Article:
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Gunfighter Moment – Mike Pannone

Saturday, October 17th, 2015

Magic and the Easy Button

The firearms and tactical training trade is rife with people “selling magic”. By that I mean being a vocal advocate for the newest “great idea” that hasn’t really been vetted but looks good on YouTube. It’s always amusing to see these new ‘groundbreaking’ techniques that are either poorly thought out or have been preceded by better techniques years and sometimes decades prior seem to get overnight popularity.

One I have addressed previous is the Temple Index and the inherent flaws of it. Another example of selling magic is the widespread use of vehicles as a prop for a shooting class. This is done in complete contrast to vehicles being a useful training aid for teaching sound tactics associated with open air conflicts around vehicles. The point is missed completely because many are trying to entertain more so than teach.

When I played lacrosse in college, my coach Bill Tierney (probably the most successful lacrosse coach in history) rode us hard on the simple things. He reminded us that controlling the ball and consistently working hard on offense as well as defense would win over a more talented but less disciplined team that made mistakes on simple things like catching and throwing. We spent lots of time on ball drills because if you can’t scoop a ball, pass and catch then the rest was a waste of time. The principle was what Brian Searcy from Tiger Swan (also my first TL at JSOC) called “brilliance in the basics”. Greatness is the basics done flawlessly and on demand.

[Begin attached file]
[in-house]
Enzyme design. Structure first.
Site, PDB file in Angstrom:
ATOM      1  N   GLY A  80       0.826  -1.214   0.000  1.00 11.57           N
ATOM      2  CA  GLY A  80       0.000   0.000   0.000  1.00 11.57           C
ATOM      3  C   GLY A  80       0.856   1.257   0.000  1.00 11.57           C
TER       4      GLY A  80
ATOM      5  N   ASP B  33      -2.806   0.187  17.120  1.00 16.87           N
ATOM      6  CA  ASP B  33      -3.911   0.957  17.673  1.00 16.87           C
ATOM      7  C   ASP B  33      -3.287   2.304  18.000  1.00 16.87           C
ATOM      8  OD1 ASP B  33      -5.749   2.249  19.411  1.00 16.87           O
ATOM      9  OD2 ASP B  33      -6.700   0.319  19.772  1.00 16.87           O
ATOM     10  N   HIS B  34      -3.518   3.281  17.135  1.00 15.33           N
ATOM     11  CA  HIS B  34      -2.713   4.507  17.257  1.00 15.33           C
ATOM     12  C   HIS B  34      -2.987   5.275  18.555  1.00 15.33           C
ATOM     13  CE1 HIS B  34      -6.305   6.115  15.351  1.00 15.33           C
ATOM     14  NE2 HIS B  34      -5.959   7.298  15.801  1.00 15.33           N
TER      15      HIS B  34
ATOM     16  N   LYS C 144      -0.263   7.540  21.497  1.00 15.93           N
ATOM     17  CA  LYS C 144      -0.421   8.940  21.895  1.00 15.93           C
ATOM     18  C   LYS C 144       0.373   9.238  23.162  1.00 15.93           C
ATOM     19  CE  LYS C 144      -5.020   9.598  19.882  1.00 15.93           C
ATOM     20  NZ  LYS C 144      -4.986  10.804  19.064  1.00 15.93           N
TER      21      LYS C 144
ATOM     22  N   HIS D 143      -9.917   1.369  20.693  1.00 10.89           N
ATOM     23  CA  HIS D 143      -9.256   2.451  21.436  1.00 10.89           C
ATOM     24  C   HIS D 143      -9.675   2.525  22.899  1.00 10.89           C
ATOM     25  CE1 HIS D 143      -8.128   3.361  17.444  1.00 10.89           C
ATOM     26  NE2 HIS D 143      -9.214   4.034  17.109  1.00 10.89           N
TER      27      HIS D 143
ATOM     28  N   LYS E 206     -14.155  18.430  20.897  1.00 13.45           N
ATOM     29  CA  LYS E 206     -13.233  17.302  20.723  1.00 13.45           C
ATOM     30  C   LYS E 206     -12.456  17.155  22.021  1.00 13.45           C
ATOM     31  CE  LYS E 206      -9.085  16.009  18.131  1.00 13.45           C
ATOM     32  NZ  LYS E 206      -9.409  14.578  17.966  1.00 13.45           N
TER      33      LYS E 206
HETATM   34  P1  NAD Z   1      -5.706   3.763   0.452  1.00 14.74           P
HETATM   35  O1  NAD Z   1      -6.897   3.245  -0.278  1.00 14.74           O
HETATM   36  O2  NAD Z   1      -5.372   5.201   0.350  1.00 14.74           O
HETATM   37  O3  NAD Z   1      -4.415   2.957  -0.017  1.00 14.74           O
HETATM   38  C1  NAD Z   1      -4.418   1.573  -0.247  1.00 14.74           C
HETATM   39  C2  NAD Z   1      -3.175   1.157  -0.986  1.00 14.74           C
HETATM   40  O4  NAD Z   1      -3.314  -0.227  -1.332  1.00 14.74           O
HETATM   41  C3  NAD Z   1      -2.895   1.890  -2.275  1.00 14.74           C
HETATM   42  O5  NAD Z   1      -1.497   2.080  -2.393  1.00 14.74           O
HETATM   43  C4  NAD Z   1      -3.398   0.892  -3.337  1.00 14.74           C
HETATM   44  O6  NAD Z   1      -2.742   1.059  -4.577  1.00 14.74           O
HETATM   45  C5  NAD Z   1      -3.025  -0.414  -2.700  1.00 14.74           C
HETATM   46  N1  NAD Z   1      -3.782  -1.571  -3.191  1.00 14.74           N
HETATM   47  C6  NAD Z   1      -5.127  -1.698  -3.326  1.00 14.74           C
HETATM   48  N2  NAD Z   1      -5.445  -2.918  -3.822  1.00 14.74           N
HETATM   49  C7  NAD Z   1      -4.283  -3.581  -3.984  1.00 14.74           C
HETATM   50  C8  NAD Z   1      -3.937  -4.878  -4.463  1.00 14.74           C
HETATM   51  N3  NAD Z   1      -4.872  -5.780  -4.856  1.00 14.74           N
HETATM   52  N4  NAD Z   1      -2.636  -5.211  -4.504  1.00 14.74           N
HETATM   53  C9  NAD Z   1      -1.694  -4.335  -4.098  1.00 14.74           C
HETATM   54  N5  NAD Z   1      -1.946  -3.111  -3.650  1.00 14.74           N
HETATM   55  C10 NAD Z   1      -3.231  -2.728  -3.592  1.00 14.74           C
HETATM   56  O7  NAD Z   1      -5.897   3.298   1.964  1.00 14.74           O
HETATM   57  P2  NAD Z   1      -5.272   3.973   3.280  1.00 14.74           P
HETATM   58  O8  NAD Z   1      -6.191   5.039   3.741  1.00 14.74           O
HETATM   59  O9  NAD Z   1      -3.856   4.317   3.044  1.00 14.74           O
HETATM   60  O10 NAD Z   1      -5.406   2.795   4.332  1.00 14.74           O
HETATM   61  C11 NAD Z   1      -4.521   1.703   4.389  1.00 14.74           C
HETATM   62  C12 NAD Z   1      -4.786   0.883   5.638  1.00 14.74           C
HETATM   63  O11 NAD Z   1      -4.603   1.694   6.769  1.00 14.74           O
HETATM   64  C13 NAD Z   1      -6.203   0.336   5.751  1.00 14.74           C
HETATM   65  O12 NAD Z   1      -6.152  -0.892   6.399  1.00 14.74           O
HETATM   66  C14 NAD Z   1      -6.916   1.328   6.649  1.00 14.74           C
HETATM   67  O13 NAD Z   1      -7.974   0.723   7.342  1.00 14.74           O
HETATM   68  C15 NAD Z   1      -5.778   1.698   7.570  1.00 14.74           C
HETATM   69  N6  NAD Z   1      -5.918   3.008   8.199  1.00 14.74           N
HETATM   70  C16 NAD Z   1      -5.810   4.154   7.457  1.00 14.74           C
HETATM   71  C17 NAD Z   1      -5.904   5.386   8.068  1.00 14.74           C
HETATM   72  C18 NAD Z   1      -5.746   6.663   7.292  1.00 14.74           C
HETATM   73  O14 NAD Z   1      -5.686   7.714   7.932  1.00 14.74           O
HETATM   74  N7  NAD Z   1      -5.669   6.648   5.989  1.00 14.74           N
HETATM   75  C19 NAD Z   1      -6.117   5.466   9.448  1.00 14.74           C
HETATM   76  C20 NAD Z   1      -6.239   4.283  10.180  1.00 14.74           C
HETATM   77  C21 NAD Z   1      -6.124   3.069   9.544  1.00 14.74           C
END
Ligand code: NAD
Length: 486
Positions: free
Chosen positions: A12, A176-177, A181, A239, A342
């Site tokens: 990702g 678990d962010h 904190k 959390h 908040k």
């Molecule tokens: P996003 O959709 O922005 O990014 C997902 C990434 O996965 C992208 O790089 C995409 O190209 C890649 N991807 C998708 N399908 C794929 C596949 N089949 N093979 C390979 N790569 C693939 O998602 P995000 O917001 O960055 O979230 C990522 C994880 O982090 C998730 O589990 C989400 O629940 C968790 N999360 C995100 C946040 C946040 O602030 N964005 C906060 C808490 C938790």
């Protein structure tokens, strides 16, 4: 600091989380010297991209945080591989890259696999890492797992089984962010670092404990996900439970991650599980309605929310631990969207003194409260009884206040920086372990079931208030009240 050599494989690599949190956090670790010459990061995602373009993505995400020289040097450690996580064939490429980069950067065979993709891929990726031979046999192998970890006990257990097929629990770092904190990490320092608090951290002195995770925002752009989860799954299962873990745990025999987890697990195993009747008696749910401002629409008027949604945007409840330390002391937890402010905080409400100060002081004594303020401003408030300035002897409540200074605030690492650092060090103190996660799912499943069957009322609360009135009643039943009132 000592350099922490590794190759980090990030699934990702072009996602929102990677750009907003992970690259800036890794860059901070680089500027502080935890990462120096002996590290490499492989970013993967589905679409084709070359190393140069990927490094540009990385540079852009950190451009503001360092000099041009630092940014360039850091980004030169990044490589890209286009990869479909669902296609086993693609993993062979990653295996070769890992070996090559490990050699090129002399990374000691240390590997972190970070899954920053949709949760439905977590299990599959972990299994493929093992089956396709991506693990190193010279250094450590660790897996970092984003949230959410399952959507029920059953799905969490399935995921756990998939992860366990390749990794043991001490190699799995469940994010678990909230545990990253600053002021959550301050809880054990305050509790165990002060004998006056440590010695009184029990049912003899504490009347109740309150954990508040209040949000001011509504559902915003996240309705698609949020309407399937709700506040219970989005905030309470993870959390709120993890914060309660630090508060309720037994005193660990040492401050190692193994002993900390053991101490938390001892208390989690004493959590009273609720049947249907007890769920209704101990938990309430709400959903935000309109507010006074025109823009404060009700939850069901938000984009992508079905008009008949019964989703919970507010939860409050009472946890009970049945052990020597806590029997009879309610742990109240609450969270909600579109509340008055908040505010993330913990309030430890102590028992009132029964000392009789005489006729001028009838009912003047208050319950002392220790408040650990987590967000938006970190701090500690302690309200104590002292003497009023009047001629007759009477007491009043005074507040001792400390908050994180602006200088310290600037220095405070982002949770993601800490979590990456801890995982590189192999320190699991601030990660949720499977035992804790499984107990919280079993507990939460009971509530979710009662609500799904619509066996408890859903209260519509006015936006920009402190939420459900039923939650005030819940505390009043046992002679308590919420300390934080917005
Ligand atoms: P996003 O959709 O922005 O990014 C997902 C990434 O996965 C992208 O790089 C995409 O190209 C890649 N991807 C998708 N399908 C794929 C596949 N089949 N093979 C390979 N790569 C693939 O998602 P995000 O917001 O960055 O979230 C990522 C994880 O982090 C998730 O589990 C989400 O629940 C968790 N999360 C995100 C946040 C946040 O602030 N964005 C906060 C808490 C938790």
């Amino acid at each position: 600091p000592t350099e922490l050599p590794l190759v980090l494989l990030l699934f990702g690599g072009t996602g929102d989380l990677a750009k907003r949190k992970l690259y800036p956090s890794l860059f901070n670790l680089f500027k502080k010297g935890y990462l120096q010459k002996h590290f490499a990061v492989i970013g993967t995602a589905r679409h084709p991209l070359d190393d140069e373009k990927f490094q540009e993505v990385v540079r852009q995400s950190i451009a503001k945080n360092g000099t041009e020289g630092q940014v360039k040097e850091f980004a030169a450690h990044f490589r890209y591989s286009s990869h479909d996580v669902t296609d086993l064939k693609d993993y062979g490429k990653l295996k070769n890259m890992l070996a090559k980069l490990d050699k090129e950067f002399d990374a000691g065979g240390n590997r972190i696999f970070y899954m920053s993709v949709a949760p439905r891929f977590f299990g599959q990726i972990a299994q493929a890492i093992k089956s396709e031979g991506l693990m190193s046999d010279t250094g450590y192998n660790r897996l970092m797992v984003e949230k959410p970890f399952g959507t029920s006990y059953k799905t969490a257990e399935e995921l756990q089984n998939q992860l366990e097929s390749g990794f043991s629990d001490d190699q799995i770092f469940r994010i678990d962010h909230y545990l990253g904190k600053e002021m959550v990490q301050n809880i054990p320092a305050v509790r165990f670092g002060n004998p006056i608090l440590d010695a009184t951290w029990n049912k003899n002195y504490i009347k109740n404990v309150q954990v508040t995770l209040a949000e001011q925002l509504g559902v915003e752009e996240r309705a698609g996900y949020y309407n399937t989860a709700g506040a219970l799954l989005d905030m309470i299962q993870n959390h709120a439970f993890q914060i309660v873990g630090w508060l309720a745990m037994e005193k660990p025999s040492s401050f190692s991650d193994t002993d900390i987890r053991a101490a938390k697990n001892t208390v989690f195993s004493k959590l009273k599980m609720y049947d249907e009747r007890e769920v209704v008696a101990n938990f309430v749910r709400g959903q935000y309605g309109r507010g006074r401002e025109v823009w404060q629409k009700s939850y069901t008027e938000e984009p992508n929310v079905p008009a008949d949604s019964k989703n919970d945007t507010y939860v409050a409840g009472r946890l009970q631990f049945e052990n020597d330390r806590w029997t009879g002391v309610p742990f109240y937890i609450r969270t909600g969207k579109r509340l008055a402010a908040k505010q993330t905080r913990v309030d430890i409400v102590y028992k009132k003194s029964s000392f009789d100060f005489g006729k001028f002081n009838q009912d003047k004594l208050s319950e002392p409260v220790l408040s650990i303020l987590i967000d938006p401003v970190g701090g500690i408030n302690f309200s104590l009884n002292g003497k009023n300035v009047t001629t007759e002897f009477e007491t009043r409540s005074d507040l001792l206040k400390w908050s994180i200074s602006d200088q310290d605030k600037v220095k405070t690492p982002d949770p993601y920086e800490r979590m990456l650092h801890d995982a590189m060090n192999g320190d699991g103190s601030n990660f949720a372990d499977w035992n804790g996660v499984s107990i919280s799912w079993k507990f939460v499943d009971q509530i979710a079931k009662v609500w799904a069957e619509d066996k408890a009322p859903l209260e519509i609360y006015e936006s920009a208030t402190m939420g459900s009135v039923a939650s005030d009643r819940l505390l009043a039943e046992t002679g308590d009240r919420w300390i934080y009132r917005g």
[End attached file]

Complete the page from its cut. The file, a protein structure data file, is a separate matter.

On the shooting side I have often been asked what special techniques SFOD uses or favors. I find that a bit amusing since there are no secret techniques nor any secret tactics. There is only one principle that guides the best units or sports teams or for that matter anyone to repeated success. That is a mastery of the basics and the ability to replicate them on demand precisely and consistently. In life and in training there is no Staples “Easy button”, there is only hard precise work.